Student Visa Requirement in Ireland, Process, Fees & Application
Let us guide you through the visa application process for Ireland
Before you get on the plane, there are some important documents you’ll need. If you are from a non-EU (non-European) country, you will most likely need a student visa for Ireland. Don’t worry, we’re here to help with all that boring paperwork!
Student visa Ireland – What you need to know
If you are thinking about moving to Ireland to study, you may need a student visa. We recommend you check the requirements for your country with the INIS (Irish Naturalisation and Immigration Service) and if you need a visa, ask your IDP counsellor to help with the visa application process.
When should I apply?
You should apply for your Irish study visa as early as possible, as it normally takes eight weeks or longer to process. You can apply up to three months before you arrive.
What do I need to submit as part of my visa application?
You must submit the required documentation, passport photograph and appropriate fee for the correct visa type, to the correct offices. You may also be required to provide biometrics information.
We highly recommend that you ask your IDP counsellor to guide you through the process, to ensure everything is done correctly. If the documentation is not what’s required, you risk having your student visa refused.
How do I check on my visa status?
- You can check your Ireland visa application status online, using your Visa Application Number. to see if your visa has been processed. This list is updated weekly
- If your visa is approved, the Irish Embassy office will attach your visa to your passport
- If your visa is refused, you can appeal the decision if it’s within two months
Can I get a visa for my spouse?
No. Non-EU international students studying in Ireland are not allowed to bring their family with them. Spouses and children of international students can apply to live in Ireland separately.
What happens if my visa application is refused?
If your visa application is refused, the college will refund the fees, minus a small application fee.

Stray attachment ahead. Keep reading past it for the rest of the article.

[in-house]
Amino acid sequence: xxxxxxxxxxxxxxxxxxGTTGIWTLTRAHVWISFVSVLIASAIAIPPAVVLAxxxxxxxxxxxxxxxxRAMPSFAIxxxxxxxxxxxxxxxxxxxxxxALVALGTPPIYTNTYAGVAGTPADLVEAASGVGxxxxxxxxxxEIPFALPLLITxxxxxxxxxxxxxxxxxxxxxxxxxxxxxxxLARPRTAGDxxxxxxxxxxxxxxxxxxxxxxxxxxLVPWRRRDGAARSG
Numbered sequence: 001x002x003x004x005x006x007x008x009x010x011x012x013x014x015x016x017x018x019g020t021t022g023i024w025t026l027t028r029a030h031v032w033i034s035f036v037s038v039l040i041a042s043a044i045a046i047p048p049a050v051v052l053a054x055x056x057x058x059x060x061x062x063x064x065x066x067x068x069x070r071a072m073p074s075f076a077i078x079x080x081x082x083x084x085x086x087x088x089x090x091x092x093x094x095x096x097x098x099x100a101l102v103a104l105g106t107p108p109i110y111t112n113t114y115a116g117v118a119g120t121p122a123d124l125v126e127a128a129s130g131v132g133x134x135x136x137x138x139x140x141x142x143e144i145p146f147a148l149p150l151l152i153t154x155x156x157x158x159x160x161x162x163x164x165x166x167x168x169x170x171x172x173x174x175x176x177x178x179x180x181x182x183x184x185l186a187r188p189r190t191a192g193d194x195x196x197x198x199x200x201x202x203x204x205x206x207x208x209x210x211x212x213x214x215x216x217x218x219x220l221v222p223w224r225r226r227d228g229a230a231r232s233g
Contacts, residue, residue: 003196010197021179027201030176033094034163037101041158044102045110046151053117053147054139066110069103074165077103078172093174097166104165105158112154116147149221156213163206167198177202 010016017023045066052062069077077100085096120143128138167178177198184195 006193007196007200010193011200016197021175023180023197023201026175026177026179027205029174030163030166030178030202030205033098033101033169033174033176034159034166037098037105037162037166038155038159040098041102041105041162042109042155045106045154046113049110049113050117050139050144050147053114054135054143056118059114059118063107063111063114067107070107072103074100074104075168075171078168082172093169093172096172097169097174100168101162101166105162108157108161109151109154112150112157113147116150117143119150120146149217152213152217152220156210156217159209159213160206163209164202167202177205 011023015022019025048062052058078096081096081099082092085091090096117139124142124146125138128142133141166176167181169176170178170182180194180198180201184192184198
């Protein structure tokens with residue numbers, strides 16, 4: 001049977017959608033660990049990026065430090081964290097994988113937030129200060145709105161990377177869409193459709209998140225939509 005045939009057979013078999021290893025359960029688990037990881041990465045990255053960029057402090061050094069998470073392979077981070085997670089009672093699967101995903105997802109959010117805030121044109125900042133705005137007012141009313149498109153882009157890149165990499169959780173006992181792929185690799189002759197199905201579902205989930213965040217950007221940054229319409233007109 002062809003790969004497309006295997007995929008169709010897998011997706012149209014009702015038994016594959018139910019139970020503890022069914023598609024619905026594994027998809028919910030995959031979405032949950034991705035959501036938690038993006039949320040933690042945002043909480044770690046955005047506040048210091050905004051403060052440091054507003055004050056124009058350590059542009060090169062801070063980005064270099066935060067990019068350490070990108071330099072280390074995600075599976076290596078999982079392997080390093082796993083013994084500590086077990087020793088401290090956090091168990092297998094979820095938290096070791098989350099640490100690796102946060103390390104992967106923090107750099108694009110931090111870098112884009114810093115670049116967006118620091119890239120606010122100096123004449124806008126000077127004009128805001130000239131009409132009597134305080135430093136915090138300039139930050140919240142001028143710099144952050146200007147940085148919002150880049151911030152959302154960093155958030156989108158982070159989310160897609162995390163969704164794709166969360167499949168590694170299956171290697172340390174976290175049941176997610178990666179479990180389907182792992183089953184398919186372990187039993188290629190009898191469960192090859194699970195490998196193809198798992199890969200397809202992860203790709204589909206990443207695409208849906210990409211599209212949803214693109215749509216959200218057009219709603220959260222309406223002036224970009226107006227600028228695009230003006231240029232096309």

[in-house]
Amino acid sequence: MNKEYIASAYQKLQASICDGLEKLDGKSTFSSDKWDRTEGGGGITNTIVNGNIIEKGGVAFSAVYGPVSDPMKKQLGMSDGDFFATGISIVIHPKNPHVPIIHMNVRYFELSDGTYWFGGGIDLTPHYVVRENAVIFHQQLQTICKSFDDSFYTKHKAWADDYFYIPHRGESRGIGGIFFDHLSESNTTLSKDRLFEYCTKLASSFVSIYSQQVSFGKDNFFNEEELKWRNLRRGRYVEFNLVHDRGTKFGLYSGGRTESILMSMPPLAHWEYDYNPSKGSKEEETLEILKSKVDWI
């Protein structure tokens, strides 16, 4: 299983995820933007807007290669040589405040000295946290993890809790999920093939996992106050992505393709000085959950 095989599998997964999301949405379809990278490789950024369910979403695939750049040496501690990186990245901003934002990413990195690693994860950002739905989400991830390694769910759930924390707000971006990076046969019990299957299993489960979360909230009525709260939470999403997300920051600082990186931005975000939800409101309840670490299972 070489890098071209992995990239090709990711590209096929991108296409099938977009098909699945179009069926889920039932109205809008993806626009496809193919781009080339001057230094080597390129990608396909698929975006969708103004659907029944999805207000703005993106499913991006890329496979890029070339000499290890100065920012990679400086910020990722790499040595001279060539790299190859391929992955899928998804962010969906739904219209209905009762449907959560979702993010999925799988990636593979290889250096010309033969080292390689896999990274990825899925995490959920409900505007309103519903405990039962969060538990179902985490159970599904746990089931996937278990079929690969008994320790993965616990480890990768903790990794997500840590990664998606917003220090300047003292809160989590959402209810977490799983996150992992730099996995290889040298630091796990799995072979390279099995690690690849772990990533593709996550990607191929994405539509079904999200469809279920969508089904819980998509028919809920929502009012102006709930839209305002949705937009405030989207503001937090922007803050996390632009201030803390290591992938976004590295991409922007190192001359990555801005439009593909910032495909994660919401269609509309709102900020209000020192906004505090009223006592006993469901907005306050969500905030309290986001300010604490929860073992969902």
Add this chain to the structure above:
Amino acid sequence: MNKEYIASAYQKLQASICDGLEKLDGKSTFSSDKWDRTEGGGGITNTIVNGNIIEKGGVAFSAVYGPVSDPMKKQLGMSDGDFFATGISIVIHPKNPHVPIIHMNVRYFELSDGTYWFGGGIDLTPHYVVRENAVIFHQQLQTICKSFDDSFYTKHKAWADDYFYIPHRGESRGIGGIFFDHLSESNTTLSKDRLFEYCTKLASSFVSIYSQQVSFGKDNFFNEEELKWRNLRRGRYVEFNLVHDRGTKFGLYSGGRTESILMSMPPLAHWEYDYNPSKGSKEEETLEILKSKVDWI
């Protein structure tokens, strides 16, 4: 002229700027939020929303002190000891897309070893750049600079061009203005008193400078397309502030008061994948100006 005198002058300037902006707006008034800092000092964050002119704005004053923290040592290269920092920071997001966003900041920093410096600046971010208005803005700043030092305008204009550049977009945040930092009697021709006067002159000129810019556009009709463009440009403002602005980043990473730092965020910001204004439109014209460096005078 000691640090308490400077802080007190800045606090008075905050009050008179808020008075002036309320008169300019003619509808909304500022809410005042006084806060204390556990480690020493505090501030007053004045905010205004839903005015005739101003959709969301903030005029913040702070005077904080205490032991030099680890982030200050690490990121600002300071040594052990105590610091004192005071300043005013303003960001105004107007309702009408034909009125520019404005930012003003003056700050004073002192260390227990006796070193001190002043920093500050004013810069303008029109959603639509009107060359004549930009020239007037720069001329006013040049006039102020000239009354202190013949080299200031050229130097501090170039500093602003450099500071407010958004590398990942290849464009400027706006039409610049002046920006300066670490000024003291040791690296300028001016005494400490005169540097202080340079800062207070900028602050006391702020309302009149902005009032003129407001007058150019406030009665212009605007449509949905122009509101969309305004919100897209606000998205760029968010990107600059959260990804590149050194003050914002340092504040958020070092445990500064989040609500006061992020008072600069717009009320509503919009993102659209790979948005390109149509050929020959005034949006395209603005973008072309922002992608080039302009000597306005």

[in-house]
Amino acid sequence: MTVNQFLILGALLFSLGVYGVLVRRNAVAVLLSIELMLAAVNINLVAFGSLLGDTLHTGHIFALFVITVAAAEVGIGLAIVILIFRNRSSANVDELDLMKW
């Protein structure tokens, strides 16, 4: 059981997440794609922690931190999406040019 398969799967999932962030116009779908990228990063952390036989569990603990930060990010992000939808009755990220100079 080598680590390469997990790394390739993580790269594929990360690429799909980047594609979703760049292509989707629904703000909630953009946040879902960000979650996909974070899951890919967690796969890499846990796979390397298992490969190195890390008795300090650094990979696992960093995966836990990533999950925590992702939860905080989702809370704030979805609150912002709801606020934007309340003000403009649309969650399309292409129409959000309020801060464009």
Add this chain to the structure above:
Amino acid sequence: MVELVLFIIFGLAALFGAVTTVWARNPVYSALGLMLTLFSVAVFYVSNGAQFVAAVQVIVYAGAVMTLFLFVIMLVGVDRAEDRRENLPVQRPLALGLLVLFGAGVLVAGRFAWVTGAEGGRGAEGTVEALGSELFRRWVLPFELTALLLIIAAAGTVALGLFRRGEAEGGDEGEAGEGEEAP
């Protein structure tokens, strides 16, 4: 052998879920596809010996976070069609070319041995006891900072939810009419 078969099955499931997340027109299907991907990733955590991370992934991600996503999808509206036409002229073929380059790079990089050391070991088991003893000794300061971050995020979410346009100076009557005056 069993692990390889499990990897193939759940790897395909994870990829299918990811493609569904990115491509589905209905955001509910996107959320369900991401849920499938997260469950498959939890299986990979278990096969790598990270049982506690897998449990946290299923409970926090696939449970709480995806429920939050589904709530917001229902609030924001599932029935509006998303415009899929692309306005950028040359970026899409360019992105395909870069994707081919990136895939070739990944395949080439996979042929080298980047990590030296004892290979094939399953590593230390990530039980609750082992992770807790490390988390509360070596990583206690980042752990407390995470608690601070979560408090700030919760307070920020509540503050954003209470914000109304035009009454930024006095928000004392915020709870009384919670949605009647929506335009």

Student visa checklist
- A recent passport-sized photo
- A passport that is valid for 12 months
- A signed letter of application which explains why you require the visa
- A Letter of Acceptance from the Irish university, college or school, confirming you have been accepted and enrolled on a course of full-time education
- Evidence that you have paid your tuition fees in full or, if they are more than €6,000, you must pay at least this amount to satisfy visa requirements
- Evidence that you have taken out private health insurance that meets the requirements of your visa
- Evidence of English language proficiency. Most Irish universities and colleges require IELTS of 6.5
- Evidence that you or your sponsor has sufficient funds to cover your tuition fees and cost of living expenses
- Evidence of your scholarship, if you have been granted one
- If you are applying from China, India, Nigeria, Russia, United Arab Emirates or the United Kingdom, you may need further documentation
There’s a lot involved in the visa application process. Take off the pressure and get expert advice from an IDP counsellor. We’re here to help you with your visa application.
Can I get an internship?
Most Irish study program include an internship or work placement. This part of the program cannot be more than 50% of the duration of the program. For example a four-year program allows a maximum of two years of work placement. Work placements must form an essential part of the study program.
Can I work when I finish my study?
Possibly. The Irish Government’s Third Level Graduate Scheme offers graduates of Irish higher education institutions a one-year stay back visa so that they can stay in Ireland and seek employment. This is extended to two years for postgraduate students.
Legally resident non-EU third level graduates can also apply for a Green Card Permit, which is a way to stay in Ireland long term. This allows you to work for a particular employer in an occupation where there is a shortage of skills.